State Seeks ‘Solid Alternatives’ to Incarceration

Longer sentences, rising admissions to state prisons and a slowing in the number of inmates released are contributing to increased prison costs, the state’s top corrections department official said.

One way the state is trying to combat those trends is by developing “solid alternatives to sending somebody to prison,” like drug courts and day-reporting centers, Commissioner Derrick Schofield said during a state budget hearing earlier this month.

Gov. Bill Haslam pressed state prison officials for more detail on why the state’s cost of overseeing inmates is increasing.

“When we have responsibility for an offender, we have responsibility for them,” Haslam said. “I’m just trying to come back and figure out what’s driving that from a bigger picture. Are there other things we can and should be doing as a state?”

In January a new state facility set up to house 1,500 inmates is set to open in Bledsoe County. The prison is an expansion of the Southeastern Tennessee State Regional Correctional Facility.

The Department of Correction is responsible for 107,960 offenders, roughly the population of Murfreesboro, Schofield said. About 30,000 of those people are in prison. The remainder are on probation or parole or under community supervision.

To view other state budget hearings, click here.

Liberty and Justice

Stiffer Penalties for Armed Robbery Proposed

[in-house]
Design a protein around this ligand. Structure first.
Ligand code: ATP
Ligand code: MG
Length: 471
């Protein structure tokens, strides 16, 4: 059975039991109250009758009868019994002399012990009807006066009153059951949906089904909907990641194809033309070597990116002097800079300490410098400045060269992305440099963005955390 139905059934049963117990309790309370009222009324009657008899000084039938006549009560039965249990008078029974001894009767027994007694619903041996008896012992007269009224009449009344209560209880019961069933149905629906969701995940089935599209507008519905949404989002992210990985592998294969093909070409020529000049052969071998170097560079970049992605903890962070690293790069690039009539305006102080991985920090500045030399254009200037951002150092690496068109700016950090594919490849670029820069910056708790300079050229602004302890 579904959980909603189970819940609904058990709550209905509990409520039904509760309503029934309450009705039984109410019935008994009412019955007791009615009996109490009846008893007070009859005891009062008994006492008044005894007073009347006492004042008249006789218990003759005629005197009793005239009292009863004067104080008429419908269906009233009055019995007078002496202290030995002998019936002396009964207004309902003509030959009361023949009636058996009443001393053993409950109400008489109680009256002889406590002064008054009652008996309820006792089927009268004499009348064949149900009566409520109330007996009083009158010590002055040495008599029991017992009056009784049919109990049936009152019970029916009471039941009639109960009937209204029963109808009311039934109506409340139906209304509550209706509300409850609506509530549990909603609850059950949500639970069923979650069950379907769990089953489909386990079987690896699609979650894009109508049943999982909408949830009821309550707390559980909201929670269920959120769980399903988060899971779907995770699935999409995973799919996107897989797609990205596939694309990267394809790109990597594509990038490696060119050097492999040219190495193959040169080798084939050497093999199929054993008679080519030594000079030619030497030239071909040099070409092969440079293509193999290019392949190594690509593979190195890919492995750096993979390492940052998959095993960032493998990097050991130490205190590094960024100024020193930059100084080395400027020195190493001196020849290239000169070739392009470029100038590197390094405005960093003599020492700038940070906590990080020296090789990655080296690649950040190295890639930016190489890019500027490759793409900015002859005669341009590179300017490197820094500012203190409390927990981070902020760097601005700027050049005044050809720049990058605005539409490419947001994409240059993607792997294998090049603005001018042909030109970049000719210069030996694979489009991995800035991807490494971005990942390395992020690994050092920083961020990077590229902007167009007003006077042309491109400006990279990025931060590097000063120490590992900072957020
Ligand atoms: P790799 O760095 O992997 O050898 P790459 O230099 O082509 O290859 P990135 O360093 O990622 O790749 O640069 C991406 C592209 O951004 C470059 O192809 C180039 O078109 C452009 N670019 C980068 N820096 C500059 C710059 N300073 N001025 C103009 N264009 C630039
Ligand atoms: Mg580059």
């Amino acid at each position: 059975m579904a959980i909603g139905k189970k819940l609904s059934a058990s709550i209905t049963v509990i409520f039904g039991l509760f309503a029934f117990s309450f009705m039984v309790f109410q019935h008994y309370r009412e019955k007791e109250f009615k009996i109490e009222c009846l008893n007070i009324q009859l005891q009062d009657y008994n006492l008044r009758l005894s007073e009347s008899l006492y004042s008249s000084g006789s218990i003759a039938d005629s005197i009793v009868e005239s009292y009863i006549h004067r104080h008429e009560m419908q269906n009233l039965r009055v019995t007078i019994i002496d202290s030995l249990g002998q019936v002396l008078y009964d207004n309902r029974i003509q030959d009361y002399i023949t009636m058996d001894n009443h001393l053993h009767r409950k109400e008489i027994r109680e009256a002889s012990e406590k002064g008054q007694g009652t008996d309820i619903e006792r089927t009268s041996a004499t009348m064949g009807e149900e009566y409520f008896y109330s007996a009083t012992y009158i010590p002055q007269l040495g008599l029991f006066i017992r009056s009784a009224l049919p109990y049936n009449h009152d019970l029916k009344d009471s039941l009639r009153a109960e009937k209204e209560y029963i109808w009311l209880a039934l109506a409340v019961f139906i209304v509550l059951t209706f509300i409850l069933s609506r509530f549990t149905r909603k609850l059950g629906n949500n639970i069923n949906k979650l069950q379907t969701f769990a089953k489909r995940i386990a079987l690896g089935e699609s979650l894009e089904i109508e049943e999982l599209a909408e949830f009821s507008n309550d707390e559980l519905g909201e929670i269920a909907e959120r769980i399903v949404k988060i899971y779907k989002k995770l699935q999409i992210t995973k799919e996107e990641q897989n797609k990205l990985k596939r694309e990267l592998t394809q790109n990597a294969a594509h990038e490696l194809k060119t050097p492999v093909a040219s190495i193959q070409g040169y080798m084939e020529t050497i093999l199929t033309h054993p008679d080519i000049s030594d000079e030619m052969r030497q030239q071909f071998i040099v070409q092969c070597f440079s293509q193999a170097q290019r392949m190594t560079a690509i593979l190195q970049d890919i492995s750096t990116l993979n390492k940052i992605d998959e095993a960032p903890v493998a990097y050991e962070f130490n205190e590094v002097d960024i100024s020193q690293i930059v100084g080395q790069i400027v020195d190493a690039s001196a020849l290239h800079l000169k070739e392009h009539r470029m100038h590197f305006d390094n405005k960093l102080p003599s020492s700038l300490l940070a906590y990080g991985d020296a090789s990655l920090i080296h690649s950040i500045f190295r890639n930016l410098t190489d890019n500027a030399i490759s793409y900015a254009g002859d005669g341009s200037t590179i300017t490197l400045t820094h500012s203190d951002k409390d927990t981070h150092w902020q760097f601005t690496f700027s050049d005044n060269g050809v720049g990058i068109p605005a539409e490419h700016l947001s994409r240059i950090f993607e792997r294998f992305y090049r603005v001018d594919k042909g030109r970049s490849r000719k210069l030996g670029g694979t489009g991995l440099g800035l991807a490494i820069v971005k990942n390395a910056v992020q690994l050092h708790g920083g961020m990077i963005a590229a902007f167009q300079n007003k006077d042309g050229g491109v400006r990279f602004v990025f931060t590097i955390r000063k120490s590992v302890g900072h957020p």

A bill that would strengthen penalties against armed robbers advanced after passage by a state House subcommittee this week.

HB 2813 would increase the minimum jail time of people convicted of armed or aggravated robbery from 30 percent of their sentence to 74 percent of their sentence. Sponsor Gary Odom, D-Nashville, said the bill would inflate an armed robber’s jail time from 2.4 years to 5.92 years.

To pay for the increased cost of incarcerating armed robbers, Odom, who is the House minority leader, proposes releasing from jail a range of “non-violent property offenders,” such as those convicted of forgery, criminal simulation, some vandalism charges and certain thefts.

He added that those released would not go unsupervised. “It would not get anybody a ‘get out of jail free’ card,” Odom told the Criminal Practice and Procedure Subcommittee.

Odom further stated that those released “would be moved into community corrections, which would free up some 440 cells that would be available for this most serious offense.”

“When you stick a gun in somebody’s face, you’re in graduate school, as far as crime goes,” he said.

Odom described an instance in which one of his constituents was held up at gunpoint in the middle of the day while the victim’s daughter was less than 50 feet away.

“(The offender) had just gotten out of prison after serving…only the minimum of two years, and then he went on a rampage where, over a three-day period, he committed a number of other armed robberies,” Odom said. “That man should have been in jail, should have been serving a longer period of time than the current law, the current 30 percent, that the law provides for.”

For those who would be released,“offenders are closely monitored, thus freeing up jail cells,” Odom said.

The bill “recognizes that we have a limited number of jail cells, and what this legislation will do is make sure the most violent individuals are occupying that,” he continued.

The companion bill in the state Senate, SB 3431, sponsored by Sen. Doug Henry, D-Nashville, has yet to be acted on in the Senate’s Judiciary Committee.